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03/06/12 7:20 PM EST

Ethier looks strong against lefty pitcher

GLENDALE, Ariz. -- Andre Ethier homered off left-hander Barry Zito Tuesday. That's two good signs for the Dodgers outfielder.

Ethier is coming off September knee surgery that was hoped would return the power to the left-handed slugger, who dropped 12 home runs and 20 RBIs from 2010.

In addition, his batting average against left-handed pitchers has been almost in complete retreat since his first season of 2006: .351/.279/.243/.194/.233/.220.

"I'm able to keep my front side closed now," said Ethier. "Keep the hips closed rather than rotate. It's the same in golf. You need that torque. Now I can set my front leg and it results in power, knowing that I don't feel a twinge and that I don't have to second-guess myself because I have to compensate for what I can't do. Yesterday [a double] and today are from the work I did over the winter."

Manager Don Mattingly said he would be impressed with what he sees from Ethier even if he wasn't coming off surgery.

"It's amazing to me when guys can swing like that right away," said Mattingly, who was a slow starter in Spring Training as a player. "I'm always amazed to see guys just jump in and start to hit."

Mattingly said he can see a difference in Ethier's mechanics from last year.

"I see him square right now and I know his swing is going to be short," he said. "His contact points are good right now."

Mattingly said he plans to bat Ethier fourth against right-handed pitching and fifth against left-handed pitching, as he did Tuesday, when Juan Rivera hit behind Matt Kemp.

Mattingly shrugs off Lilly's shaky debut

GLENDALE, Ariz. -- Ted Lilly got knocked around in his spring debut Tuesday, serving up a pair of first-inning home runs, five extra-base hits and five runs total to the Giants over two innings.

"I told him it was better off to do that than strike out the side and he's got nowhere to go," joked manager Don Mattingly, who noted that Lilly is a notorious slow starter. "I'd rather he be slow down here."

Last spring Lilly's slow spring turned into an erratic first half, pitching through a sore elbow until he righted the ship. He was 6-10 with a 5.08 ERA on July 23, but finished up 6-4 with a 2.66 for a total 12-14, 3.97.

Lilly said he struggled with his fastball command (he also had a walk and wild pitch), but was fine physically. Mattingly, though, said he thought Lilly was at least better than he was last spring, when the flu sidelined him for a week.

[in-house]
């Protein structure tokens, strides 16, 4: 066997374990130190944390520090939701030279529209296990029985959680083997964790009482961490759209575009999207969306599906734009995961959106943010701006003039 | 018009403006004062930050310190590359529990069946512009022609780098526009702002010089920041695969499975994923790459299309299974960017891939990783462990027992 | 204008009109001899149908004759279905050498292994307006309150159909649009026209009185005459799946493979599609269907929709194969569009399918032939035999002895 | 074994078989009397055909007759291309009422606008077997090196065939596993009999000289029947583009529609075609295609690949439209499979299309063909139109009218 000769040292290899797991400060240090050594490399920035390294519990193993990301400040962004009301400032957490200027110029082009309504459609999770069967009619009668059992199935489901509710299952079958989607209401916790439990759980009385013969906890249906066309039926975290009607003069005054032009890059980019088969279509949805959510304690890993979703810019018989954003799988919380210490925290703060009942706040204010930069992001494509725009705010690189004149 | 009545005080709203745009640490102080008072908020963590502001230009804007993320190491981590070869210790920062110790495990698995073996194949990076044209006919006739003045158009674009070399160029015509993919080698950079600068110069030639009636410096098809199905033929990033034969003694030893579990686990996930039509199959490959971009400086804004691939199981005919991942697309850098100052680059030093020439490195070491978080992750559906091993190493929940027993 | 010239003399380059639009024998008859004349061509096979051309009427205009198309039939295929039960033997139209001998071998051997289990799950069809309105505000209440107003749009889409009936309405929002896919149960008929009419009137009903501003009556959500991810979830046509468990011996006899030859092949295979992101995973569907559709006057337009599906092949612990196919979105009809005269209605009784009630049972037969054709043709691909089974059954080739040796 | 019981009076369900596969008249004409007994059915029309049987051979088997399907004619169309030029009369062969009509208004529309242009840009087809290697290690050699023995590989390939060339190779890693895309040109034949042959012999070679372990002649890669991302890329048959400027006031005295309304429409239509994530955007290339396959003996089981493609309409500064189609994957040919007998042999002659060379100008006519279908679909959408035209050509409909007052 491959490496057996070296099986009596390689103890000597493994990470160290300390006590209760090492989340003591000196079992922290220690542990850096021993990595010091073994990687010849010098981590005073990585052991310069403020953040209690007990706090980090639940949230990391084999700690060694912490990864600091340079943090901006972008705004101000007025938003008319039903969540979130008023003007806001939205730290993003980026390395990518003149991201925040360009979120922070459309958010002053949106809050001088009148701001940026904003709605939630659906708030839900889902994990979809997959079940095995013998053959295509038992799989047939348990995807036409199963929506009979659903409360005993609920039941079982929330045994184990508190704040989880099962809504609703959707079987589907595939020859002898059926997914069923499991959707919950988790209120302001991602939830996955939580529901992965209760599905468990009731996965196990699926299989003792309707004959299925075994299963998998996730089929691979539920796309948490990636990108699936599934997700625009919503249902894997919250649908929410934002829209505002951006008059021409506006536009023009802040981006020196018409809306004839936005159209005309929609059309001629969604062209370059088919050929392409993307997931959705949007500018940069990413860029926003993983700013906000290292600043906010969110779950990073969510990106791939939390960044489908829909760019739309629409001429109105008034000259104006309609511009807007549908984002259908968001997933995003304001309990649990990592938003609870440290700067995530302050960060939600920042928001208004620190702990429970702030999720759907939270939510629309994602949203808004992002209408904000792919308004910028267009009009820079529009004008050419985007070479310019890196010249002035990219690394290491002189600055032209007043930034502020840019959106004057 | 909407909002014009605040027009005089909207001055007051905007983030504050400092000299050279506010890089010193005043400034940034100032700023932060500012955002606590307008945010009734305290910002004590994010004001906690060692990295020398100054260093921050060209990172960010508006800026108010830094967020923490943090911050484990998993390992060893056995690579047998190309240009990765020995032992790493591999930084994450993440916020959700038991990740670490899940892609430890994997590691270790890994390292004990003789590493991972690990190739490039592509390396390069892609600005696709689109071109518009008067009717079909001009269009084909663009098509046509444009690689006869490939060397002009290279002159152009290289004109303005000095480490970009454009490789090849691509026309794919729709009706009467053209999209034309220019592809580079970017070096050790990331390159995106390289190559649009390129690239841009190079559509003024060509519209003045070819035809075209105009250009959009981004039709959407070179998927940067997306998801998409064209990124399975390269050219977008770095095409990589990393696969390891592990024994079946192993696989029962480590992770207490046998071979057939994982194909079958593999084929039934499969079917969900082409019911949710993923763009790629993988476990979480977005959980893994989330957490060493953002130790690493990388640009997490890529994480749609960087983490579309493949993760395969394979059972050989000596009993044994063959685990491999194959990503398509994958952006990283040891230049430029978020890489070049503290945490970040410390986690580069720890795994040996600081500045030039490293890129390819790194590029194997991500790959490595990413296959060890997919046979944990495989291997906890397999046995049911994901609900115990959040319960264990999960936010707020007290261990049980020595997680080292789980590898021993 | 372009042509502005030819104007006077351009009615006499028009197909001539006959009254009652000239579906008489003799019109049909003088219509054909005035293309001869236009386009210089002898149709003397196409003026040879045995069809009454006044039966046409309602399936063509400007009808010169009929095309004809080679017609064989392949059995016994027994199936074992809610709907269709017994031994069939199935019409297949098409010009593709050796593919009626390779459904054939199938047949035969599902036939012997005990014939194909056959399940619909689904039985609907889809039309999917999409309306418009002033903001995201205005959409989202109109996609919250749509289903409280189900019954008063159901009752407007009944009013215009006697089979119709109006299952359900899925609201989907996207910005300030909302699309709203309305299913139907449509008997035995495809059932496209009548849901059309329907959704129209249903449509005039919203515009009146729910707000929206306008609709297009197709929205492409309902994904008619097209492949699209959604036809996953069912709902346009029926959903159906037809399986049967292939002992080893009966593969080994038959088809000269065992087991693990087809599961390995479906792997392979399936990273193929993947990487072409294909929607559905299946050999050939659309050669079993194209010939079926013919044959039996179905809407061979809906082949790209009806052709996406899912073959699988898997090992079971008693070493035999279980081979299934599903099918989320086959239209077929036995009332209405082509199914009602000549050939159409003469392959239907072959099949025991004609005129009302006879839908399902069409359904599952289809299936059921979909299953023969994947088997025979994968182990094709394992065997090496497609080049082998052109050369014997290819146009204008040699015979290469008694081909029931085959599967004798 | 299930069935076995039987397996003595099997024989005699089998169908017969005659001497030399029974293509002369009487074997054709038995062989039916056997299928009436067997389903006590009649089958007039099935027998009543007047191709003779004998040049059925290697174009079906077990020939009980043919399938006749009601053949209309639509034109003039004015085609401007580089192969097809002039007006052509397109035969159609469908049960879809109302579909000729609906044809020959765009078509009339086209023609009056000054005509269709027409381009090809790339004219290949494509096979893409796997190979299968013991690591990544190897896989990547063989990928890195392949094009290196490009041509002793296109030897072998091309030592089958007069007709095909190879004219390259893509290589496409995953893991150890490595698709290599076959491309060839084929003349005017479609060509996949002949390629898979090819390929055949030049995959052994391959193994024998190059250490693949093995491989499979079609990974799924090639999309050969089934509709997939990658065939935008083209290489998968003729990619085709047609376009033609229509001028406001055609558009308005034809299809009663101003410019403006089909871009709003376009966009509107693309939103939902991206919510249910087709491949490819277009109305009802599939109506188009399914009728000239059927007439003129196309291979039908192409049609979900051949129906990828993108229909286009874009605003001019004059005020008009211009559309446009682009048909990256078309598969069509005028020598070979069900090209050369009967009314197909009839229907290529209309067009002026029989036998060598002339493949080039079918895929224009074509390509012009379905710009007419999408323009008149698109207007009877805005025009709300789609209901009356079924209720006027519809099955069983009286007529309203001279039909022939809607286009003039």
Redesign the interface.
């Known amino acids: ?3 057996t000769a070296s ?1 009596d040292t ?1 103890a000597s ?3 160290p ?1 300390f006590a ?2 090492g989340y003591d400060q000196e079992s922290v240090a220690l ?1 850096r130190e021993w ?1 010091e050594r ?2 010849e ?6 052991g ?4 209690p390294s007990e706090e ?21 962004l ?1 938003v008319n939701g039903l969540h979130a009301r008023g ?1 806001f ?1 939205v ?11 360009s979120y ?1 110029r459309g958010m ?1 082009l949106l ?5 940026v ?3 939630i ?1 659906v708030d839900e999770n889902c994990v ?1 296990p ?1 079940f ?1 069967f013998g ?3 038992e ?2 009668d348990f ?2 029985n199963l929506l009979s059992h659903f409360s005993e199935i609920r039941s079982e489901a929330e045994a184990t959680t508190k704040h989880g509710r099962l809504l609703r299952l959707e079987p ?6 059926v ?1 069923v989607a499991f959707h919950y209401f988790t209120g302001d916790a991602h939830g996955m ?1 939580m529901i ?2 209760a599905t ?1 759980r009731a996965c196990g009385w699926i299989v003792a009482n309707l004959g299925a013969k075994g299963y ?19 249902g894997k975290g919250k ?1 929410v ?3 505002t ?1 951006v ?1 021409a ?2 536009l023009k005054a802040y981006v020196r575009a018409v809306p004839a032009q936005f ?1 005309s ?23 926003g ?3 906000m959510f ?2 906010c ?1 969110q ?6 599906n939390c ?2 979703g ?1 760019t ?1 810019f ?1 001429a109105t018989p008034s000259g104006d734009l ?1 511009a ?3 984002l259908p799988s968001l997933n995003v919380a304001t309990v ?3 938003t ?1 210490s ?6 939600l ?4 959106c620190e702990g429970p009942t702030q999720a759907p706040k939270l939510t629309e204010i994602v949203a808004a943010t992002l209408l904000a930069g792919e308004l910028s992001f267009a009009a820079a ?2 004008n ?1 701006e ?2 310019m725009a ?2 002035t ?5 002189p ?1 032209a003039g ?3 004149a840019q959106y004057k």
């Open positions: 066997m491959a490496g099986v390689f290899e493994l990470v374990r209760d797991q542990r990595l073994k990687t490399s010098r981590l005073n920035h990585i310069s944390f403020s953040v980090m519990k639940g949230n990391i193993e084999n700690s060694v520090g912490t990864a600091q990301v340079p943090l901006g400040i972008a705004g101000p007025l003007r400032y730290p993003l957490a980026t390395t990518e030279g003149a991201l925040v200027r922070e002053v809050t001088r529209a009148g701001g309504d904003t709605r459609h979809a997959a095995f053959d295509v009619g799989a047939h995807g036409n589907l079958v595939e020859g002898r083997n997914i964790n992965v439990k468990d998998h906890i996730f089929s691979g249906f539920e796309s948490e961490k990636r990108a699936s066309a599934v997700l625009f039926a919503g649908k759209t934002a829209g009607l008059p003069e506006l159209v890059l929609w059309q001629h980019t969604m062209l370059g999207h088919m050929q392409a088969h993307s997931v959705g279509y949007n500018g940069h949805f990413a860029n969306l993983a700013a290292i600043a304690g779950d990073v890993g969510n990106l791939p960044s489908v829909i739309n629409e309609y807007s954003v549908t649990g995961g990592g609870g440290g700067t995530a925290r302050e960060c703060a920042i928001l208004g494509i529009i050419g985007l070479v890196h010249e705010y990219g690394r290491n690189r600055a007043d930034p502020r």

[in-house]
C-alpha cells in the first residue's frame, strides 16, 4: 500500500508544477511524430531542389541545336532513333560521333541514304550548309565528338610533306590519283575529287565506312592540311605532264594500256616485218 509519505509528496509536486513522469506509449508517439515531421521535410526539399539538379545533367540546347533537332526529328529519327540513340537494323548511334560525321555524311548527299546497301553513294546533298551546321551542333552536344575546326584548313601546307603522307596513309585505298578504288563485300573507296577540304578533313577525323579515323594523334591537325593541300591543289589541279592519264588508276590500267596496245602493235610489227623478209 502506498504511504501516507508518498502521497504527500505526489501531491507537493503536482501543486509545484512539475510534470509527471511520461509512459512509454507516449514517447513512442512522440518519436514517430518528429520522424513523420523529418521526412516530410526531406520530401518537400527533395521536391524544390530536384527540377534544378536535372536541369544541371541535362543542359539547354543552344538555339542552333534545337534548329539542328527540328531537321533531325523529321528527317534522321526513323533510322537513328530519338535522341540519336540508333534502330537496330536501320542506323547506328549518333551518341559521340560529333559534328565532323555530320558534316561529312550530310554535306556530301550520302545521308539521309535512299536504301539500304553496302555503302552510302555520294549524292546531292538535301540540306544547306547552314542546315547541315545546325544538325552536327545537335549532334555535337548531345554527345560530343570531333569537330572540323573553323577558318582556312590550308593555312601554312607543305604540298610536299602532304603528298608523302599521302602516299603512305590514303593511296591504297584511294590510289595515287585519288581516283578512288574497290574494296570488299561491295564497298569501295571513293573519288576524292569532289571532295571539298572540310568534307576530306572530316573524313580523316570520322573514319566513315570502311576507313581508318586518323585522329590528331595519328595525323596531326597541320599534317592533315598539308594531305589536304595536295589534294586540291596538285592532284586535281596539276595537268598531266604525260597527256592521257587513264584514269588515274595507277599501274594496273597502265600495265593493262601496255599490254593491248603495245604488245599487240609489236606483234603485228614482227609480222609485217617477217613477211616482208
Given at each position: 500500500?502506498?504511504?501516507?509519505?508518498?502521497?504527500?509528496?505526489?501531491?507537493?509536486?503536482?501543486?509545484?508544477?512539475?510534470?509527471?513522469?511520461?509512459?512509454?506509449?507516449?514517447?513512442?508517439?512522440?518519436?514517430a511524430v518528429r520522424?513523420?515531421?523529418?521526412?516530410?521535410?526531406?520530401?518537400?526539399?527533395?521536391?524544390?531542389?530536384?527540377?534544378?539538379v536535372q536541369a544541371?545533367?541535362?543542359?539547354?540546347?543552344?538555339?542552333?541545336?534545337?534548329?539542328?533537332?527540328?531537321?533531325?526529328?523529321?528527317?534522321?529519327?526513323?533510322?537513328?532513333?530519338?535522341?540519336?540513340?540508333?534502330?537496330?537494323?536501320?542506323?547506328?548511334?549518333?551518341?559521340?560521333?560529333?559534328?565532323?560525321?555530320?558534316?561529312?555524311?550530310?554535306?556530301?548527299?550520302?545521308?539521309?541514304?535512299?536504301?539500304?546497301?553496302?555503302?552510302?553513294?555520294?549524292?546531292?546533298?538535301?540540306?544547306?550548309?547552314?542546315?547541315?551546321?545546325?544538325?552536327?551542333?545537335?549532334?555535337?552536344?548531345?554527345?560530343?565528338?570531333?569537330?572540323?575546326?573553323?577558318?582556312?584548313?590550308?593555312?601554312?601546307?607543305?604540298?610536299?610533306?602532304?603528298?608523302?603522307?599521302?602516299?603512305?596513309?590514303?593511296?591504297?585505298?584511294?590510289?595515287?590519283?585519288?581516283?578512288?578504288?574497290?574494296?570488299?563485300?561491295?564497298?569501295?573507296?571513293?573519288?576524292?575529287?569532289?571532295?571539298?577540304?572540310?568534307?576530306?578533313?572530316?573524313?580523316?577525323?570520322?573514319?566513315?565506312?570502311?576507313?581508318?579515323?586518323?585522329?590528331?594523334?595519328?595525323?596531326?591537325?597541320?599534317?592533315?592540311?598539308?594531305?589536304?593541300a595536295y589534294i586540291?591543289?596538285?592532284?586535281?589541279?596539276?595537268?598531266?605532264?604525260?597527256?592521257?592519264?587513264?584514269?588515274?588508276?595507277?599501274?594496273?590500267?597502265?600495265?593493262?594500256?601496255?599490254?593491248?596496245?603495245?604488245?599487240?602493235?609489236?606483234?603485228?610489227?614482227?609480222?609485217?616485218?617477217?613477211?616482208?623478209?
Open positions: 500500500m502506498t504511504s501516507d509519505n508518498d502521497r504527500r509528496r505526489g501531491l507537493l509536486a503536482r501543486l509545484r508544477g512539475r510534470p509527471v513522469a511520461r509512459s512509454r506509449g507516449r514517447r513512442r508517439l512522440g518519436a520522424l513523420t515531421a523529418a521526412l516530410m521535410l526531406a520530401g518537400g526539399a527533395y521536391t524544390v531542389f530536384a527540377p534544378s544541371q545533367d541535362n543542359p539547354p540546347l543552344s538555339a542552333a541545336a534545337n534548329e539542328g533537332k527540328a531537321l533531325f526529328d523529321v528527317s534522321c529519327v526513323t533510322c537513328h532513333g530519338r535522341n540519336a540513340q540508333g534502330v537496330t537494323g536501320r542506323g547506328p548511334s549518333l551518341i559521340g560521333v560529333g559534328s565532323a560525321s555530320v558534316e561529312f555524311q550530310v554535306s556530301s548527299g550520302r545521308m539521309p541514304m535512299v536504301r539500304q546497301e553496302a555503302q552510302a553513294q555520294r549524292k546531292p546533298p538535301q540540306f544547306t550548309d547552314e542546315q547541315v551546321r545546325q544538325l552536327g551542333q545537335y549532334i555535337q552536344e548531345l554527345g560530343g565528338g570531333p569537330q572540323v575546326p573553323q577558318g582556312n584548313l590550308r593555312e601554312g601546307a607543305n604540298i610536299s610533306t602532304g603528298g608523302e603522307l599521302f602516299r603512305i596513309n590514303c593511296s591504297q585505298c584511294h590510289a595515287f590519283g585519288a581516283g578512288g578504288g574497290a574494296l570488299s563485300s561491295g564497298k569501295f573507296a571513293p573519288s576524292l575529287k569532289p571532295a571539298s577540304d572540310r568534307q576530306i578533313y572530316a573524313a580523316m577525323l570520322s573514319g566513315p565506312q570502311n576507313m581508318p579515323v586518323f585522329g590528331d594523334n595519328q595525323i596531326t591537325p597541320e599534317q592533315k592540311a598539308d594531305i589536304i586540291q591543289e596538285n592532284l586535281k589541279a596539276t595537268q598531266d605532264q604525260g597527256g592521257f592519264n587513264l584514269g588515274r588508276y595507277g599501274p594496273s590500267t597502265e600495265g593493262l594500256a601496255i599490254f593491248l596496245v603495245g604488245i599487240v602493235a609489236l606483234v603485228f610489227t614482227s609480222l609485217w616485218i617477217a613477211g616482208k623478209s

"Last year early Ted was all over the place," he said. "This year he looks different. I really think he's throwing better than he did last year."

Lindblom grateful for Koufax's advice

GLENDALE, Ariz. -- When you see Josh Lindblom snap off a good curveball, think of Sandy Koufax.

Lindblom does.

Koufax's visit to Camelback Ranch last week reminded Lindblom of a bullpen session he was having two springs ago. With the usual pitching coaches offering tips from behind the mound, one noticed Lindblom struggling with his breaking-ball release and offered some tips. Lindblom, focused on the plate and not turning around to face the coaches, tried to implement each suggestion.

"He says, 'Imagine a bucket on home plate and throw the curveball into the bucket,'" Lindblom recalled. "It made sense at the time. So I spun the ball into the bucket. It worked, I turned around to see who it was and it was like, 'Holy smoke, it's Sandy Koufax.'

"My focus intensified when I realized it was a guy who had one of the best curveballs in history. I locked in and focused. And when I struggle, I still think about that and another thing he said -- 'see how many times the ball spins before it gets to the plate.' That makes you really focus on snapping it off.

"You hear stories about hitters saying they could hear the laces spinning on Koufax's fastball. He sees two pitches and makes a suggestion and you make an adjustment that quickly. He's great at simplifying things. He doesn't make it rocket science."

Lindblom made his spring debut Tuesday with a hitless inning against the Giants. He had an impressive 2.73 ERA in 27 appearances with the Dodgers last year and is trying to fend off the challenges from a crowd of non-roster invitees to win a bullpen job.

Ely planning to work way back to Majors

GLENDALE, Ariz. -- There was a familiar pitcher sent over from the Minor League side to provide an extra bullpen arm for the Dodgers on Tuesday.

Remember John Ely?

In 2010, he made a meteoric arrival. Called up from Double-A in April as Charlie Haeger's replacement, Ely reeled off six consecutive quality starts (most for a rookie since Hideo Nomo in 1995) with pinpoint accuracy and had a 2.54 ERA before the wheels came off as he lost nine of his last 10 decisions.

From 100 innings and 18 starts that year, he fell off the map in 2011. He spent most of the year at Triple-A Albuquerque with only 12 2/3 Major League innings, passed by Double-A hard throwers Rubby De La Rosa, Nathan Eovaldi and Josh Lindblom.

Ely was taken off the roster last fall when the Dodgers protected young pitchers Chris Withrow, Josh Wall, Stephen Fife and Michael Antonini. The surprise to Ely, however, was not being invited to Major League Spring Training this year after he cleared waivers and was outrighted.

"I'm a little disappointed," Ely said. "I would have liked to be invited to camp. Whatever. I'll just have to work my way back up, that's all. You're only a couple good weeks away from being called up. I'm fine. It's not the end of the world."

Ely, 25, was drafted in 2007 in the third round by the White Sox, who traded him and Jon Link in 2009 to the Dodgers in the Juan Pierre deal.

Ken Gurnick is a reporter for MLB.com. This story was not subject to the approval of Major League Baseball or its clubs.